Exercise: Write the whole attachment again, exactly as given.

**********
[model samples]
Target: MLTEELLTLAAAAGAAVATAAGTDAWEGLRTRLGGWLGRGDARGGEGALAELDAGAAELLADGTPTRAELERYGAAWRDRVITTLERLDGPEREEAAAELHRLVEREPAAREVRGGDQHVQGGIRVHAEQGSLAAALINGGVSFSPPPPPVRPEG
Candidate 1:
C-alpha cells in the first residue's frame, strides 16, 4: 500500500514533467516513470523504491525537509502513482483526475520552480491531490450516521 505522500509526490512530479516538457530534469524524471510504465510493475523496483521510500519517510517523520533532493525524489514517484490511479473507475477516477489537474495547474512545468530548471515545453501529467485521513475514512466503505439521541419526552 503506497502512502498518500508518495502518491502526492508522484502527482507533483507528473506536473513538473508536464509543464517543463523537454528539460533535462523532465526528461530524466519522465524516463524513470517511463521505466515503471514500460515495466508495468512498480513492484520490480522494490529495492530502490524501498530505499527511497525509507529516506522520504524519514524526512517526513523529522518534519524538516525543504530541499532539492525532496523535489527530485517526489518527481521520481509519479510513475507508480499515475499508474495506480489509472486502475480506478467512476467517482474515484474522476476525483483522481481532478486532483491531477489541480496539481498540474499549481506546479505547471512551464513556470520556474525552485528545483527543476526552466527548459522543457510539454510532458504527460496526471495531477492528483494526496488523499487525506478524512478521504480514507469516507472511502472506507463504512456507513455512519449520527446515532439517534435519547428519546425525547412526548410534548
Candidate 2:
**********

[model samples]
Target: MLTEELLTLAAAAGAAVATAAGTDAWEGLRTRLGGWLGRGDARGGEGALAELDAGAAELLADGTPTRAELERYGAAWRDRVITTLERLDGPEREEAAAELHRLVEREPAAREVRGGDQHVQGGIRVHAEQGSLAAALINGGVSFSPPPPPVRPEG
Candidate 1:
C-alpha cells in the first residue's frame, strides 16, 4: 500500500514533467516513470523504491525537509502513482483526475520552480491531490450516521 505522500509526490512530479516538457530534469524524471510504465510493475523496483521510500519517510517523520533532493525524489514517484490511479473507475477516477489537474495547474512545468530548471515545453501529467485521513475514512466503505439521541419526552 503506497502512502498518500508518495502518491502526492508522484502527482507533483507528473506536473513538473508536464509543464517543463523537454528539460533535462523532465526528461530524466519522465524516463524513470517511463521505466515503471514500460515495466508495468512498480513492484520490480522494490529495492530502490524501498530505499527511497525509507529516506522520504524519514524526512517526513523529522518534519524538516525543504530541499532539492525532496523535489527530485517526489518527481521520481509519479510513475507508480499515475499508474495506480489509472486502475480506478467512476467517482474515484474522476476525483483522481481532478486532483491531477489541480496539481498540474499549481506546479505547471512551464513556470520556474525552485528545483527543476526552466527548459522543457510539454510532458504527460496526471495531477492528483494526496488523499487525506478524512478521504480514507469516507472511502472506507463504512456507513455512519449520527446515532439517534435519547428519546425525547412526548410534548
Candidate 2: